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A recent report by the British Council identifies and analyses ten critical trends impacting how global higher education will be imagined, delivered and received in the coming years. The publication, entitled 10 trends - Transformative changes in higher education, seeks to shed light on some of the complex forces shaping the future of internationalisation in higher education, from major demographic shifts, national strategies, changes in labour market and the role of language, to name just few.
The ten trends are, as follows:
1. Shifting global demographics
The report finds that increasing ageing populations in many regions, paired with falling fertility rates (often due to widened access of women to education) reinforce a global decline of the youth population (aged 15-24). Demand for higher education, firmly coupled with the number of university-aged students, is thus bound to change globally. The authors argue that Africa is the one region that will counter the trend, with a youth population that promises growth for decades to come and estimated to surpass that of Asia by 2078. These demographic trends are, it is argued, strong evidence for high value in further engaging African students.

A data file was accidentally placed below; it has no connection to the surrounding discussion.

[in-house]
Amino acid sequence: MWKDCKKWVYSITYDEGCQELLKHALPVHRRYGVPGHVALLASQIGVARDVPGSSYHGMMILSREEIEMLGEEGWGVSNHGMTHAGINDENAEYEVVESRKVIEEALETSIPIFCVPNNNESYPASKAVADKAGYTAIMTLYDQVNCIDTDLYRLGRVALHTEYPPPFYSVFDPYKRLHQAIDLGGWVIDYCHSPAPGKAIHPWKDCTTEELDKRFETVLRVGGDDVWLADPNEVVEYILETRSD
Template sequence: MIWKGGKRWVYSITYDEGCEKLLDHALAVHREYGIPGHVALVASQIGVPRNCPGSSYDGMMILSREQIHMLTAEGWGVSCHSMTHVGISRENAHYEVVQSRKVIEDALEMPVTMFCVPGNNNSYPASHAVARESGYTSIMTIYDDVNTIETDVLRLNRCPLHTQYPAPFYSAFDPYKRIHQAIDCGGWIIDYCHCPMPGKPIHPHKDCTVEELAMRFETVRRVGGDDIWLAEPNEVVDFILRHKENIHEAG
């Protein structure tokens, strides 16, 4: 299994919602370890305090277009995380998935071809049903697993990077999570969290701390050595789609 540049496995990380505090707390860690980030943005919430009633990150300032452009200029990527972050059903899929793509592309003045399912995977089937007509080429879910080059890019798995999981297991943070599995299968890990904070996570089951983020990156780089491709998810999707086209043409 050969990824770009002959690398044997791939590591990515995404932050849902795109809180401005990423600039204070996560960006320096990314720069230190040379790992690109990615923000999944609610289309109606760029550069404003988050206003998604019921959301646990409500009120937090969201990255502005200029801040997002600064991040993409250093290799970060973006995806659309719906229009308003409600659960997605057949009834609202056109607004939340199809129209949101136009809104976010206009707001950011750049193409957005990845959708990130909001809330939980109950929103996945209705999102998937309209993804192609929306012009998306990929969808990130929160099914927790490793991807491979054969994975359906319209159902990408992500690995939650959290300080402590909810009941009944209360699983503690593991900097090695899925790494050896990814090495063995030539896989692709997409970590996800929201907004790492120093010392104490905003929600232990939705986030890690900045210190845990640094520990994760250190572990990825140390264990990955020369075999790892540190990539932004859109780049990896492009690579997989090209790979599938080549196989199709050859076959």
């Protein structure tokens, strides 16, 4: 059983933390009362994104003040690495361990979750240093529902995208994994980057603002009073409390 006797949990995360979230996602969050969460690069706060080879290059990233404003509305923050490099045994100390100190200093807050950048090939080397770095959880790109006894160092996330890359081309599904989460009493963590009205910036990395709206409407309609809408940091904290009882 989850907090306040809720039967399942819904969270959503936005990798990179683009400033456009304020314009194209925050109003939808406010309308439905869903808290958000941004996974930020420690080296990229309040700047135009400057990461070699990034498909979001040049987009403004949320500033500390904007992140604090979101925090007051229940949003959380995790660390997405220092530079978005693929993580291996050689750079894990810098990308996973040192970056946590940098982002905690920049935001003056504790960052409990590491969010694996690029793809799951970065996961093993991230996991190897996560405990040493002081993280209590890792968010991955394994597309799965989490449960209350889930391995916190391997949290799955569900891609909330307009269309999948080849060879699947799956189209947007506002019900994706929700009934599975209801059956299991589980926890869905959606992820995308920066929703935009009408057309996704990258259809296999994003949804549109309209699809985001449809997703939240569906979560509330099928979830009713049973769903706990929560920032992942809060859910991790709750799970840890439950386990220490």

2. Expansion of education for all
There have been significant advances in school enrolment, nearing the achievement of UNESCO’s universal access goal. The global number of school drop-out in primary-aged children fell from about 100 million to 57 million between 2000 and 2015, with Sub-Saharan Africa making good progress. Large challenges remain, however, the authors stress, in completion rates, in gender parity and across socio-economic classes. The transition of the resulting number of students now in the qualified position to pursue continuing and tertiary education, is particularly addressed by the UN Sustainable Development Goal (SDG 4) – that seeks to, beyond secondary education, establish equal access to quality higher education and lifelong learning.
3. National internationalisation strategies